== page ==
Yee taught the first swing dance classes in International House, where he lived, with his friend Nicolle Wood, whom he had met at a separate swing dancing event in Chicago. “[My time at UChicago] definitely served me well in terms of my continued teaching methods,” Wood said, who now owns a dance company in Chicago and regularly attends swing events in the city.
YouTube did not exist and the Internet was harder to navigate back then, so Wood and Yee would show videos and direct their students to archives of swing history.
“It was something that wasn’t really known at the time—people didn’t know what they were getting involved with, so we really made a point to approach it very holistically,” Wood said.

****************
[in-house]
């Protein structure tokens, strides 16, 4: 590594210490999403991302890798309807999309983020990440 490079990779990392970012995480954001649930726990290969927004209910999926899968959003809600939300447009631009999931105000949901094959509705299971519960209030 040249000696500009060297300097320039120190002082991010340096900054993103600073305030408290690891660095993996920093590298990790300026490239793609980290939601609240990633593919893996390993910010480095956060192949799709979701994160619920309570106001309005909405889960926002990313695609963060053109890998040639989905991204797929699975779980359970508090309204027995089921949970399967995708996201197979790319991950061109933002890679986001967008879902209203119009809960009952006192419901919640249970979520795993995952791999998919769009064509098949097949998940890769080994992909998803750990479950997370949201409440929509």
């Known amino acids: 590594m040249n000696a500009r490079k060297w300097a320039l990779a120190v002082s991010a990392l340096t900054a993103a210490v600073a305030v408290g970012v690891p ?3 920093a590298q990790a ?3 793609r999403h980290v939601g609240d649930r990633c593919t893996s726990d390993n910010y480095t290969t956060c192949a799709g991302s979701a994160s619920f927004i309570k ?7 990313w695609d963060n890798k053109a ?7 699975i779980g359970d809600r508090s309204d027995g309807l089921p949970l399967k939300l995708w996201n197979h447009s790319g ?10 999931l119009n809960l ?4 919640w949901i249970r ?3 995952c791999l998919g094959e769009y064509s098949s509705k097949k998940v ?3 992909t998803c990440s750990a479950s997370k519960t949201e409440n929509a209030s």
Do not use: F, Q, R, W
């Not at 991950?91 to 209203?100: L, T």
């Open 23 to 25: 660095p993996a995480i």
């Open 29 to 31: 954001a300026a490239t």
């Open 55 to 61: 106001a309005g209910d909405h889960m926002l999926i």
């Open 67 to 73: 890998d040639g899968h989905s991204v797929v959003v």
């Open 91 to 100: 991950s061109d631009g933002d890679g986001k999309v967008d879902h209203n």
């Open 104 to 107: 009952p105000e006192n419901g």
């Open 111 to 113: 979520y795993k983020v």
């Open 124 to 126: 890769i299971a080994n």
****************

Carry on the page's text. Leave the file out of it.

Wood, who first became involved in swing dancing while she was a student in Detroit, recalled coming to Chicago right before the swing dancing boom of the ’90s.
“Initially there was no community whatsoever,” she said. But that changed pretty quickly as soon as she began teaching. “It was virtually an instant success in terms of the number of students interested and actively participating.... In a matter of six to eight months, we were teaching at a number of venues on a regular basis.”
As swing grew, other students looked to make the group more official. In 1997, Young-Jin Kim (A.B. ’97) founded the Chicago Swing Dance Society and, working with Yee and Wood, helped build the community at the University.